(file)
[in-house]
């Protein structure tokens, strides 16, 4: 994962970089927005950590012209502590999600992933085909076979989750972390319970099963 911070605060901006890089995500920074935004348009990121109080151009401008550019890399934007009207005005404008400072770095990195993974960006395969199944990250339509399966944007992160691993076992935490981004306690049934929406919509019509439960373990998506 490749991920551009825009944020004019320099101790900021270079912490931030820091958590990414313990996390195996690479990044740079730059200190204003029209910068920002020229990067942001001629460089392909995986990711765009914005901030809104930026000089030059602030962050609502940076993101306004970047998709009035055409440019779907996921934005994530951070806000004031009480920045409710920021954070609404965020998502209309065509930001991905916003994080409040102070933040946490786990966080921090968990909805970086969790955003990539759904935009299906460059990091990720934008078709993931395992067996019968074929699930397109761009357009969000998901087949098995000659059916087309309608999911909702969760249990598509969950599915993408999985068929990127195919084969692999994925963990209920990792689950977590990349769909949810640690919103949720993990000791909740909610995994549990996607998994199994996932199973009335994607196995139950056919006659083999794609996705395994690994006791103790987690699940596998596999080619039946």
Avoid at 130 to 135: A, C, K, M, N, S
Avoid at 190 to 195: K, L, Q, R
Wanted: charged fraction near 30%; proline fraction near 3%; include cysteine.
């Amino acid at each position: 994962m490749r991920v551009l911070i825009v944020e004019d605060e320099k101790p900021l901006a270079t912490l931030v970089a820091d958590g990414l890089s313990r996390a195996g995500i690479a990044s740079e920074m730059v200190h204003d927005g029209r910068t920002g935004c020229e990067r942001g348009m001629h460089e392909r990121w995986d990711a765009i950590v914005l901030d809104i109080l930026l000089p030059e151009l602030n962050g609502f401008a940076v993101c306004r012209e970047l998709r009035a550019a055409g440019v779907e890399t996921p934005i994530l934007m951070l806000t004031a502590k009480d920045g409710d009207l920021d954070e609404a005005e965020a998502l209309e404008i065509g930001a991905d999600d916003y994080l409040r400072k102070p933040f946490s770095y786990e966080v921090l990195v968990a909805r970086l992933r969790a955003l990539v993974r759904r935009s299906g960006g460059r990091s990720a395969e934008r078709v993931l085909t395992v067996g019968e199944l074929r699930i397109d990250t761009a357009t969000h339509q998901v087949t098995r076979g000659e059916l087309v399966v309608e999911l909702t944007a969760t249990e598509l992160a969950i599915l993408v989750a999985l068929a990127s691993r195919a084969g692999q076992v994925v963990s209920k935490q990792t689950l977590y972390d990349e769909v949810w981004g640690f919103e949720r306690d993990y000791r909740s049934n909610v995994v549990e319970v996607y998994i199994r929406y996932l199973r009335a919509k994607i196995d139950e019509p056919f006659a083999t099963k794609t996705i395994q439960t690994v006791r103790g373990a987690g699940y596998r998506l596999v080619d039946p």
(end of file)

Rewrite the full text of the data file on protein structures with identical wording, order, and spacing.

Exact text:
[in-house]
């Protein structure tokens, strides 16, 4: 994962970089927005950590012209502590999600992933085909076979989750972390319970099963 911070605060901006890089995500920074935004348009990121109080151009401008550019890399934007009207005005404008400072770095990195993974960006395969199944990250339509399966944007992160691993076992935490981004306690049934929406919509019509439960373990998506 490749991920551009825009944020004019320099101790900021270079912490931030820091958590990414313990996390195996690479990044740079730059200190204003029209910068920002020229990067942001001629460089392909995986990711765009914005901030809104930026000089030059602030962050609502940076993101306004970047998709009035055409440019779907996921934005994530951070806000004031009480920045409710920021954070609404965020998502209309065509930001991905916003994080409040102070933040946490786990966080921090968990909805970086969790955003990539759904935009299906460059990091990720934008078709993931395992067996019968074929699930397109761009357009969000998901087949098995000659059916087309309608999911909702969760249990598509969950599915993408999985068929990127195919084969692999994925963990209920990792689950977590990349769909949810640690919103949720993990000791909740909610995994549990996607998994199994996932199973009335994607196995139950056919006659083999794609996705395994690994006791103790987690699940596998596999080619039946």
Avoid at 130 to 135: A, C, K, M, N, S
Avoid at 190 to 195: K, L, Q, R
Wanted: charged fraction near 30%; proline fraction near 3%; include cysteine.
């Amino acid at each position: 994962m490749r991920v551009l911070i825009v944020e004019d605060e320099k101790p900021l901006a270079t912490l931030v970089a820091d958590g990414l890089s313990r996390a195996g995500i690479a990044s740079e920074m730059v200190h204003d927005g029209r910068t920002g935004c020229e990067r942001g348009m001629h460089e392909r990121w995986d990711a765009i950590v914005l901030d809104i109080l930026l000089p030059e151009l602030n962050g609502f401008a940076v993101c306004r012209e970047l998709r009035a550019a055409g440019v779907e890399t996921p934005i994530l934007m951070l806000t004031a502590k009480d920045g409710d009207l920021d954070e609404a005005e965020a998502l209309e404008i065509g930001a991905d999600d916003y994080l409040r400072k102070p933040f946490s770095y786990e966080v921090l990195v968990a909805r970086l992933r969790a955003l990539v993974r759904r935009s299906g960006g460059r990091s990720a395969e934008r078709v993931l085909t395992v067996g019968e199944l074929r699930i397109d990250t761009a357009t969000h339509q998901v087949t098995r076979g000659e059916l087309v399966v309608e999911l909702t944007a969760t249990e598509l992160a969950i599915l993408v989750a999985l068929a990127s691993r195919a084969g692999q076992v994925v963990s209920k935490q990792t689950l977590y972390d990349e769909v949810w981004g640690f919103e949720r306690d993990y000791r909740s049934n909610v995994v549990e319970v996607y998994i199994r929406y996932l199973r009335a919509k994607i196995d139950e019509p056919f006659a083999t099963k794609t996705i395994q439960t690994v006791r103790g373990a987690g699940y596998r998506l596999v080619d039946p």